Lal first traces broad trends in recruiting for overseas in Chapter 2, ‘Places of Origin’. He shows how the initial enthusiasm for tribal labourers from Chota Nagpur shifted to the northern plains of Bihar and the United Provinces while tribal labour continued to provide the main source of labour to the Assam tea gardens (1983: 47). In our research, we have offered an epidemiological explanation for this pattern: tribals were more resistant to malaria in the tea gardens than other recruits but they were more susceptible than other groups to cholera en route to Calcutta, at the Calcutta depot, and on voyages overseas (Shlomowitz and Brennan 1990: 88, 89, 99).
The main focus of this chapter, however, is Lal’s use of the Emigrant Passes to document the districts of origin of Fiji’s indentured workers. In our research on the height of Indian workers, we followed Lal in the quantification of the districts of origin of migrants to other destinations as well as Fiji and departing from Calcutta and extended the study to those departing from Madras. During the last half of the nineteenth century, the less populous western districts of United Provinces benefited from government expenditure and the development of irrigation and railways, therefore providing opportunities for the expansion of agriculture, and the employment of share croppers and agricultural labourers. It is not surprising, then, that the recruits leaving from Calcutta came mainly from the plains districts of Bihar and, especially, eastern United Provinces where—as in Basti—population growth and the landlord-dominated agrarian structures brought economic pressure on poor agriculturists even during good seasons, while in times of flood or drought the displacement of the poorer population from districts like Gonda made them receptive to the prospects of emigration (Brennan, McDonald and Shlomowitz 1998).
In a study we made of Muslim migration to Fiji from Madras—alongside climatic factors such as the recurring droughts in North Arcot—socioreligious factors were important in creating an atmosphere where people recognised the advantages of migration. The most numerous Muslim migrants were the Mapillas of Malabar district, a group oppressed by their Hindu landlords through rack renting and unwarranted evictions—some small Mapilla bands struck back with religiously accented violence, deliberately fighting to their deaths as martyrs. Although the British recognised the causes of the unrest, their response was ineffective: for the Mapillas, indentured labour in Fiji was a release from an environment at once economically, socially and politically hostile (Brennan, McDonald and Shlomowitz 1992: 403–405).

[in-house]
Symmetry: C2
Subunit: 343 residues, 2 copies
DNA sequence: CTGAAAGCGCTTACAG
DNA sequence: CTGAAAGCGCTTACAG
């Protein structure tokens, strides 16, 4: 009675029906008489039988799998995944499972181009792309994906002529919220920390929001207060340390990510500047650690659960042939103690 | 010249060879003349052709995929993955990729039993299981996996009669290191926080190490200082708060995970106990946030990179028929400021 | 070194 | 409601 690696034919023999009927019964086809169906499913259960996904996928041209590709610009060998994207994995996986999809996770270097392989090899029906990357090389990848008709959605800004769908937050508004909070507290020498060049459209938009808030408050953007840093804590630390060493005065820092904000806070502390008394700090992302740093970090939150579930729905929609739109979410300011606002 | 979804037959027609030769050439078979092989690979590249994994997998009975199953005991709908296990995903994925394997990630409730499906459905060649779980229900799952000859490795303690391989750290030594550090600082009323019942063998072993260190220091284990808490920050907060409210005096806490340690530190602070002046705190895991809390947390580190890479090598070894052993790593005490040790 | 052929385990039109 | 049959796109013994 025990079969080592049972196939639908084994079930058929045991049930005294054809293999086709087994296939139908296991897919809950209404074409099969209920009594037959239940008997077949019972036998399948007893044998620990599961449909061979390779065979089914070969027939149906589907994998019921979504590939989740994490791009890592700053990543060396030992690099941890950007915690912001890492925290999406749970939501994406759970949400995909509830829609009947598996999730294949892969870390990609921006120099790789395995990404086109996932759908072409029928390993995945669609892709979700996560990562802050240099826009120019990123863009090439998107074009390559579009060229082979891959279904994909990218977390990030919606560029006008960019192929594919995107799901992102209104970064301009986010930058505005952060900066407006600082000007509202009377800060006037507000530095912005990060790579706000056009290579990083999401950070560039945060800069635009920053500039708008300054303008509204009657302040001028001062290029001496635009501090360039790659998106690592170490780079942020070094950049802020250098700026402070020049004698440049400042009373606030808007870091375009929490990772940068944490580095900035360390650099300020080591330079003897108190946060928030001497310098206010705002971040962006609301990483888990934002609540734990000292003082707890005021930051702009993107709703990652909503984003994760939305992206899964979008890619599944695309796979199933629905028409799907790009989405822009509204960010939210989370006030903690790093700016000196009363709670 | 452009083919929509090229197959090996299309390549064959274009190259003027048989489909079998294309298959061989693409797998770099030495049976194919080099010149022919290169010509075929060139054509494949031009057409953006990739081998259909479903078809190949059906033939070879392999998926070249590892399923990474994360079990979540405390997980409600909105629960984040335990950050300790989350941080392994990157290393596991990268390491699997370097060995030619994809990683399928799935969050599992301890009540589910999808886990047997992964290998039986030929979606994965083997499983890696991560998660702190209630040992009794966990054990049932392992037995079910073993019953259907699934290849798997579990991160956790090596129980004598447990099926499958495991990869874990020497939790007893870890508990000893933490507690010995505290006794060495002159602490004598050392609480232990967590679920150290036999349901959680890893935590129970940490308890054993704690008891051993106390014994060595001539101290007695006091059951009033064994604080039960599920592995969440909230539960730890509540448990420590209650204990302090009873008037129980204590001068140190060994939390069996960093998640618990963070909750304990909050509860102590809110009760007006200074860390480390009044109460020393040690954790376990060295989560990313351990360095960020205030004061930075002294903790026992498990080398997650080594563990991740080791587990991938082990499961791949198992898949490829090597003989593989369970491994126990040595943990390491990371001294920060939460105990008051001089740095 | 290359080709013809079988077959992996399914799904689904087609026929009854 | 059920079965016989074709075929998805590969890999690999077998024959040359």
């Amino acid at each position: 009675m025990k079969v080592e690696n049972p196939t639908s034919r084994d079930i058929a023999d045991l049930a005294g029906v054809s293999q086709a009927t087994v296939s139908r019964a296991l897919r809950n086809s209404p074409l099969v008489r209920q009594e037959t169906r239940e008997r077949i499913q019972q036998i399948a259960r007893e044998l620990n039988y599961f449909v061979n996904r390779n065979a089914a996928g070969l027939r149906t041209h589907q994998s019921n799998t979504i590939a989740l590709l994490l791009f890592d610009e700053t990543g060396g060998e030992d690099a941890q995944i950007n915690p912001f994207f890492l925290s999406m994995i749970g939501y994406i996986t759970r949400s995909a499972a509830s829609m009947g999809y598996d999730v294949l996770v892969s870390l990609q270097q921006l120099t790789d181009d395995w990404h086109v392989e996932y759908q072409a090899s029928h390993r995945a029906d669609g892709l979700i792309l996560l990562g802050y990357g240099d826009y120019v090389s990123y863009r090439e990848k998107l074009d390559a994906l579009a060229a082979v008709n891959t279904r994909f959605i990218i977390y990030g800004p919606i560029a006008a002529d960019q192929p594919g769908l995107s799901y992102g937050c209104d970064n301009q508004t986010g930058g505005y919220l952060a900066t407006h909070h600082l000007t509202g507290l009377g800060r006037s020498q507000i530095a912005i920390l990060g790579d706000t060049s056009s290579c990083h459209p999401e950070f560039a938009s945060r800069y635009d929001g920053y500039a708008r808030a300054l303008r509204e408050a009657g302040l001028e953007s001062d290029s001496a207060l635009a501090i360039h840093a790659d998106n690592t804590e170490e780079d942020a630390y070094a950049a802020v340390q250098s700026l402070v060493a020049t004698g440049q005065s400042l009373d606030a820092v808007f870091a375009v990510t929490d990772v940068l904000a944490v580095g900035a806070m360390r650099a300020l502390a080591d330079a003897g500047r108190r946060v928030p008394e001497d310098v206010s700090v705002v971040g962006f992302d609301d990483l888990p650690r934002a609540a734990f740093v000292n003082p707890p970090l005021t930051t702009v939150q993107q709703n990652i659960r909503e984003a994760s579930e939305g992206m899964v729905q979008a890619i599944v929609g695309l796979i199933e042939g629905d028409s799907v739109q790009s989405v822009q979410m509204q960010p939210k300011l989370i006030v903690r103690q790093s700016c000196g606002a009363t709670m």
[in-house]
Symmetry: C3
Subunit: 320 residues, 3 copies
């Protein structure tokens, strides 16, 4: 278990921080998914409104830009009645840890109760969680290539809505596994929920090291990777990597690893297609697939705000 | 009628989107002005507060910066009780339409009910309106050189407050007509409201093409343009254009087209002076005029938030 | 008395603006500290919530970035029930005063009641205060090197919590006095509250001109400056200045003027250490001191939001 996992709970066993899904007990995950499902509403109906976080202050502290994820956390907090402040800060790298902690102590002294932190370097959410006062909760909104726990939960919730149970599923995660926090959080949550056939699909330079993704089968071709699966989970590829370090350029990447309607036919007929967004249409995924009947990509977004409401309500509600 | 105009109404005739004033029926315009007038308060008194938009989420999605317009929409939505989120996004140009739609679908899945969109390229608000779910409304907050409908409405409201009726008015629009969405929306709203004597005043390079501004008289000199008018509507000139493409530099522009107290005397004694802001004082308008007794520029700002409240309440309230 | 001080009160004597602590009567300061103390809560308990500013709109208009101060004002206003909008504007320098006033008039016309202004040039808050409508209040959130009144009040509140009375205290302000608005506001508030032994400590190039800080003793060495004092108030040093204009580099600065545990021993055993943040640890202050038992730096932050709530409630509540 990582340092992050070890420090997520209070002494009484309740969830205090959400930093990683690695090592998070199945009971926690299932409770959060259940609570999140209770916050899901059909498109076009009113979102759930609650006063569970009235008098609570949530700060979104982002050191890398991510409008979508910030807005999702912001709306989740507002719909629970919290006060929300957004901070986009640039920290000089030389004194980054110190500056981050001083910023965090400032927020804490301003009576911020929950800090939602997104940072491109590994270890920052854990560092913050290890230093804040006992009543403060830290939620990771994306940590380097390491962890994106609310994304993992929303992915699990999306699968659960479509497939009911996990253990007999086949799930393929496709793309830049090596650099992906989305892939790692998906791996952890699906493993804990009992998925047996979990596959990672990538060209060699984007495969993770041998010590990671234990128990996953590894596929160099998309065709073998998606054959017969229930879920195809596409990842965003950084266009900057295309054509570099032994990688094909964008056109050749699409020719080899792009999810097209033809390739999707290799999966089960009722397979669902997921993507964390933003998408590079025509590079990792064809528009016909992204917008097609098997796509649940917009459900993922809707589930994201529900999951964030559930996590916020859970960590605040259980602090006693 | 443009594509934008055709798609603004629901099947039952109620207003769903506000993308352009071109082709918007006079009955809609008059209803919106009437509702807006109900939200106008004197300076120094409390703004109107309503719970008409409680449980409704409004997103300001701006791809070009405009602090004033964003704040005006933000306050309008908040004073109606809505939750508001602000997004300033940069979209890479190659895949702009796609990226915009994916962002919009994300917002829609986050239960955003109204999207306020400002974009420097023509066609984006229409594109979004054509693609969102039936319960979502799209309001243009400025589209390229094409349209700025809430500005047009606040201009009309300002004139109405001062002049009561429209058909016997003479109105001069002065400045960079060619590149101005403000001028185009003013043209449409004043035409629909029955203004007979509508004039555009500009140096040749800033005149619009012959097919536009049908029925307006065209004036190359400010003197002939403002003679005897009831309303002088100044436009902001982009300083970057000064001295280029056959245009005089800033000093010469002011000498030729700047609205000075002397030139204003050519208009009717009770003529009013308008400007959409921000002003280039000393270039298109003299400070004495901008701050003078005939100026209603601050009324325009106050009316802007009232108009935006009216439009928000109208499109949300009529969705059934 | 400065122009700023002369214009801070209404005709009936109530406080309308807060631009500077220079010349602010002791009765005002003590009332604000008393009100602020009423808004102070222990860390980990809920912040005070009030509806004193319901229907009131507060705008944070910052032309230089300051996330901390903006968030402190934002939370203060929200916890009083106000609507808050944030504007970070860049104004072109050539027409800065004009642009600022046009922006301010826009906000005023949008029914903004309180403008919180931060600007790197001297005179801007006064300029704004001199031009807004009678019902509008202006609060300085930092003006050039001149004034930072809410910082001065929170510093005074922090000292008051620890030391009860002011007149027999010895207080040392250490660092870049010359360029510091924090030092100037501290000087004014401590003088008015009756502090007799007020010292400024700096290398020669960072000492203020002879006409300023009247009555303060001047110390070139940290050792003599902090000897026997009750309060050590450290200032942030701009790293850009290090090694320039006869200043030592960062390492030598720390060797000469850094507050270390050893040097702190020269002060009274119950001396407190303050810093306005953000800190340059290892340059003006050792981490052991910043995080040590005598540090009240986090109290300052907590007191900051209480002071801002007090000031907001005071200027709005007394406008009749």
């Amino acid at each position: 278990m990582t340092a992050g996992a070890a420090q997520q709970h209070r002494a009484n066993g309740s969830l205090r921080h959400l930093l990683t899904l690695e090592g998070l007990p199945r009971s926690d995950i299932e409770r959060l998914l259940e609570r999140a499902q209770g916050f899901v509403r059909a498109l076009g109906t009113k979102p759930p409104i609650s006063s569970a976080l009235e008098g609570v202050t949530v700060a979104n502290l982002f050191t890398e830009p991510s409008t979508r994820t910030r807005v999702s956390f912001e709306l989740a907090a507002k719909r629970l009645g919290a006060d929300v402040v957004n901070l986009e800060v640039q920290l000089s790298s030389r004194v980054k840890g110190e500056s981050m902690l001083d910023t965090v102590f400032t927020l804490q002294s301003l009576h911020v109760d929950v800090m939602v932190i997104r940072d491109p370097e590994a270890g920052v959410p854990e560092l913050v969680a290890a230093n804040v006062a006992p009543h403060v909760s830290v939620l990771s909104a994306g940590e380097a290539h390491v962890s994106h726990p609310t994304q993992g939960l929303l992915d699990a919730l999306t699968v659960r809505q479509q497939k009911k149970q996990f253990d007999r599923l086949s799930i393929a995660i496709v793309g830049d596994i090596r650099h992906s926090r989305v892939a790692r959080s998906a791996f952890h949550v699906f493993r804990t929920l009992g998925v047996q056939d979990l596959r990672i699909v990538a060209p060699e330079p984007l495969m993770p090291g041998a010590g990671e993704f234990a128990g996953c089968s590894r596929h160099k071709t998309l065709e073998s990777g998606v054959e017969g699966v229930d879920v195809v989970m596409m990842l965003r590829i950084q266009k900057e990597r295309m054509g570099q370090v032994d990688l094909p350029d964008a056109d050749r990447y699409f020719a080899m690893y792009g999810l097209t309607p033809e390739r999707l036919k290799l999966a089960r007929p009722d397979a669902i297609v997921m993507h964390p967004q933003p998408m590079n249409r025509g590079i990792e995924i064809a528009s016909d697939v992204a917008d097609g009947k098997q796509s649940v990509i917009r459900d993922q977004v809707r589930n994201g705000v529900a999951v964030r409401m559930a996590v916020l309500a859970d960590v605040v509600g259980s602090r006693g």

In Chapter 3, ‘Social and Economic Origins’, Lal uses the Emigrant Passes to quantify the number of migrants who identified themselves as coming from specific Hindu castes, or as Muslims, or as Tribals. By comparing the resulting statistics with the numerical strength of specific Hindu castes and of the Muslim community in United Provinces society between 1891 and 1911, he concluded that, other than the Brahmins, the indentured workers formed a fair cross-section of the rural population. Brahmin recruits were underrepresented: whereas Brahmins made up 3.7 per cent of workers, they comprised between 8.0 per cent and 8.4 per cent of the United Province population (Lal 1983: 70).
The under representation of Brahmins can be explained by both supply and demand forces. On the side of supply, Brahmins would, in general, be less likely than other groups to be so destitute as to need to emigrate as indentured labourers. And on the side of demand, recruiters may have been hesitant to accept those Brahmins who had little exposure to hard agricultural labour. That the two sets of instructions included in our appendices specifically exclude the recruiting of Brahmins for Natal may reflect this viewpoint. Similarly, in the 1870s, the British Guiana Emigration Agent stated: ‘Brahmins are objected to in Demarara, and in future will be carefully excluded’ (Bengal Emigration Proceedings 1874–75: 165).
That different colonies adopted at times different policies can be shown in the attitude of Natal’s recruiting regime towards Muslim recruits, particularly in the period from 1886 to 1902. Whereas the Muslim proportions of the overall populations of United Province and the Madras Presidency in the Census of India of 1901 were 13.5 per cent and 6.4 per cent, the proportions of Muslims departing from Calcutta and Madras to Natal between 1886 and 1902 were only 1.8 per cent and 1.4 per cent (Bhana 1991: Tables 15–17, and pp. 72–74, 79–81 for social groupings). As there was no comparable underrepresentation of Muslims going to other colonial destinations, the underrepresentation of Muslims going to Natal was brought about by a directive for Natal, as indicated in the instructions in the appendix: ‘Mahomedans’/‘Muhammadans’ were not wanted.
The exclusion of Brahmins and Muslims in these instructions brought forth this comment from the Emigration Agent for Natal in Calcutta to the Protector of Immigrants for Natal on 6 February 1899: